Exploring the Calbiga Caves

Discover various natural wonders within the Gobingob-Langun Caves of Calbiga, Samar.

By Genie Ranada
January 24, 2011

Genie Ranada, writing for Marie Claire, lives out her childhood adventure fantasies as she spends three days exploring the Calbiga Caves in Samar. Her narrative goes to show that adventure can be found anywhere, from the highest mountain peaks to the deepest crevasses.

One day, Leo, my partner-in-crime in adventure, heard from another member, Rob, about a three-day tour of the Langun-Gobingob Caves in Calbiga, Samar. Leo had put together a week-long itinerary. Was I interested in joining them? Three days inside a cave, where people's most common phobias are concentrated into one place: it's pitch black, full of bats, bugs, spiders, and snakes. Then again, it was bound to be unlike anything I had ever experienced before, and I had no problem with any of those phobias. Was I interested? Heck yeah.

From Manila to Calbiga, Samar

Our little group took a plane to Catbalogan, Samar, then public transportation to Calbiga. There we met up with Joni Bonifacio, the man behind the madness, who made it to the 2006 edition of the Lonely Planet guide to the Philippines, and is the sole proprietor of adventure company Trexplore. Amiable and capable, he would be our guide for the next three days and two nights inside the Langun-Gobingob cave.

We suited up in orange coveralls and put on our carbide lamps--basically hardhats with a little flame burning in front which casts a wide circle of light. Joni briefed us about what we were to expect, and thus prepared, we made our way down into the mouth of the cave. Soon the daylight was just a faint glow.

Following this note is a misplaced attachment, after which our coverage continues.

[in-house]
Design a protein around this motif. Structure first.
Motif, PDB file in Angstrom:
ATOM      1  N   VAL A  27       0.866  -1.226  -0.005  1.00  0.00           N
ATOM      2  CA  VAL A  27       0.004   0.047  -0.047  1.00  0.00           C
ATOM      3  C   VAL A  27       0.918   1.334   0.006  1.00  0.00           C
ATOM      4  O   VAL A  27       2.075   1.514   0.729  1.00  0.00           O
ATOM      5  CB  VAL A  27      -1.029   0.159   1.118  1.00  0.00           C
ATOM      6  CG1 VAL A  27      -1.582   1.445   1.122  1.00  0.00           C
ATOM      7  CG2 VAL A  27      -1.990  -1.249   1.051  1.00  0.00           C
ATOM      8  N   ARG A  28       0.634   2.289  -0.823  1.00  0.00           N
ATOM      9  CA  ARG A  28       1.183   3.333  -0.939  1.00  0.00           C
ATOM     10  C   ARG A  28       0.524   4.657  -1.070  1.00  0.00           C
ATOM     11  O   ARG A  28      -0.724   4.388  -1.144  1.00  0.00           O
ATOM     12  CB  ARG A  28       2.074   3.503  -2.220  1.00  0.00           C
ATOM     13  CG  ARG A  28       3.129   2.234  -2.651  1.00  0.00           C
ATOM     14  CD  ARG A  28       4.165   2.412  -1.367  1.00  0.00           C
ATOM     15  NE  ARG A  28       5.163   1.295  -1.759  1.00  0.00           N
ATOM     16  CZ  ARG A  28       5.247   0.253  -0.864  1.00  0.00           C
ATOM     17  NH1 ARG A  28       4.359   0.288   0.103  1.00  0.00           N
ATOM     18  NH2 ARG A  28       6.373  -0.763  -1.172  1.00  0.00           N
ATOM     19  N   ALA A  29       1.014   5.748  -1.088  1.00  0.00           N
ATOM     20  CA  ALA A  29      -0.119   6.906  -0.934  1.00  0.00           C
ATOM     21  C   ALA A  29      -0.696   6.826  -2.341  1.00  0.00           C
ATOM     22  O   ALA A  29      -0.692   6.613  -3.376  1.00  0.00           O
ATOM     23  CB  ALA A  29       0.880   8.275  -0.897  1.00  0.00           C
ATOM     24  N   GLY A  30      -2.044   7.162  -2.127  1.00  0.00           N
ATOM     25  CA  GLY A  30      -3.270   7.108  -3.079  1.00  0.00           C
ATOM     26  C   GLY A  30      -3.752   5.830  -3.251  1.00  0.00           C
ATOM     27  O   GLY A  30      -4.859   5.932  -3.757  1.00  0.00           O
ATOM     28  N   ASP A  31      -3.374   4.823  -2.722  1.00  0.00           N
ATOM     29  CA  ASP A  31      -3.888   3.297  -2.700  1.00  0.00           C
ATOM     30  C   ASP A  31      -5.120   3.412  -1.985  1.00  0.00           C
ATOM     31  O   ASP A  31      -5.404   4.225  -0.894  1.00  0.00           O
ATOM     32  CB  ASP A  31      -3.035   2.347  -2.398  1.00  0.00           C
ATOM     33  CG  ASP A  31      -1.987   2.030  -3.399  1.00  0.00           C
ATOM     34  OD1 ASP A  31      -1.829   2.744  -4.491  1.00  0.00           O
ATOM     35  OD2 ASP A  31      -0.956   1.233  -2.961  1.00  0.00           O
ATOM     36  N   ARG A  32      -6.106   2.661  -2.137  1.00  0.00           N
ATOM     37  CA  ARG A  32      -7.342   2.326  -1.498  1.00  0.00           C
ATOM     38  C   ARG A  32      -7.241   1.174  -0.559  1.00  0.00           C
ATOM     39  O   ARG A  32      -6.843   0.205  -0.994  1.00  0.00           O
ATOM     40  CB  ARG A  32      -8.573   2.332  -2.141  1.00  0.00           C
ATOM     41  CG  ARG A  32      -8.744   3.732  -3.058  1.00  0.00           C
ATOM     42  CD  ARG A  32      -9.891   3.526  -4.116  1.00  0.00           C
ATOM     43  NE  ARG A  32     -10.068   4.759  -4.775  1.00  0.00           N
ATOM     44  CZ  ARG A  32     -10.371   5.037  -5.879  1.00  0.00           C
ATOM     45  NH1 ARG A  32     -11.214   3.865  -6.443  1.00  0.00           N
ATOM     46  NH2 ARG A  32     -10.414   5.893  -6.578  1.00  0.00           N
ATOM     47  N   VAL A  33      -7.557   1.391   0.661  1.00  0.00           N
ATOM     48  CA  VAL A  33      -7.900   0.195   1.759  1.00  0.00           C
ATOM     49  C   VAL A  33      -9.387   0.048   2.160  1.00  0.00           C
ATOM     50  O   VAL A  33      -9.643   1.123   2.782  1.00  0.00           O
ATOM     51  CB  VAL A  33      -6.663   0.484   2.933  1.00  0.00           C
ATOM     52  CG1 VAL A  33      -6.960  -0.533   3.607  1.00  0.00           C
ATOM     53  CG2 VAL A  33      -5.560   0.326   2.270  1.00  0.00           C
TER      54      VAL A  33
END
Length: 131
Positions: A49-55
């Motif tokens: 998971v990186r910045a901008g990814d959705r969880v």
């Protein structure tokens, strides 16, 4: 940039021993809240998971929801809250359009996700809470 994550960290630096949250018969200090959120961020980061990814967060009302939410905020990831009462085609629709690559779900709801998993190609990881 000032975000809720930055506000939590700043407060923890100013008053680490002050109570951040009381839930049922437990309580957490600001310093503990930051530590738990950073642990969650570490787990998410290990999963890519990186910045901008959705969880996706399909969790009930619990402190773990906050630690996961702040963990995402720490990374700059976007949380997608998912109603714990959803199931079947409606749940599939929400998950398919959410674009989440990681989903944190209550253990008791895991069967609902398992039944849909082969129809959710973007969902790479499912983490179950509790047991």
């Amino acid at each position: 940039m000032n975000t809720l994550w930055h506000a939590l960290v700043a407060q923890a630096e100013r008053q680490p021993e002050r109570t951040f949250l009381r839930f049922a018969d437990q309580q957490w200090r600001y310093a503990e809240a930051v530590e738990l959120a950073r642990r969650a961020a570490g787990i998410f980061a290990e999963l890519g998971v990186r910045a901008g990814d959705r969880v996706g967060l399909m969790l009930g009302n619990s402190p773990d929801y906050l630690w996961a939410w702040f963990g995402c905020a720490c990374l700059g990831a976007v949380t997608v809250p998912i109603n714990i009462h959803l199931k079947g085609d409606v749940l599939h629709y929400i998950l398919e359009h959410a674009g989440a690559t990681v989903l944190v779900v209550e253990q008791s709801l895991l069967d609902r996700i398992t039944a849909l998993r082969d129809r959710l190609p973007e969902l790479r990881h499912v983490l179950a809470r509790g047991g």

Entering the Langun-Gobingob Cave

Our first stop: "Kiss The Rock," the entrance to the cave proper which cavers kiss for good luck. From there it was a short trek to our first campsite, a chamber the size of a football field with a pool at one end where we could take a dip. The air was damp, and the ceiling dripped nonstop. We looked for a dry spot to set up our bedrolls and kitchen, and cooked dinner. Here I saw the first of many strange creatures we would encounter: a cave crab. It was dead white, with hollows where its eyes should have been. Three-inch long cave crickets hopped about, getting tangled up in my hair, nipping experimentally at us as we slept, and chewing the plastic containing our leftover pasta sauce into lace.

That first night, we slept in a circle of candles, which burnt steadily with no wind to disturb them. I woke up in the middle of the night. Everyone was asleep. The candles had burnt down to nothing--it was literally pitch black. So this was what total darkness was like; it didn't matter if your eyes were open or closed, with not the faintest bit of light for your eyes to adjust to. Strange, to say the least.


Caving Time

The next day we got up, had breakfast, and got ready for our trek. As I suited up, I heard Joni sing to himself, "It's caving time... Alleluia!" (to the tune of It's Raining Men) and had to stifle a giggle. I thought, "Wow, this guy really loves the caves!" By the end of the trip, I would understand why. That day I saw amazing things, like formations that looked like atomic bomb clouds or giant foaming waves, frozen in mid-explosion. Some looked like corals, like popcorn, like angel wings, like a snake's spine. Some were pure white, as if covered in icing or snow; others glittered. There were towering spires, arches, and chandeliers. These were all made from stone; all hundreds of thousands of years in the making; all breathtaking.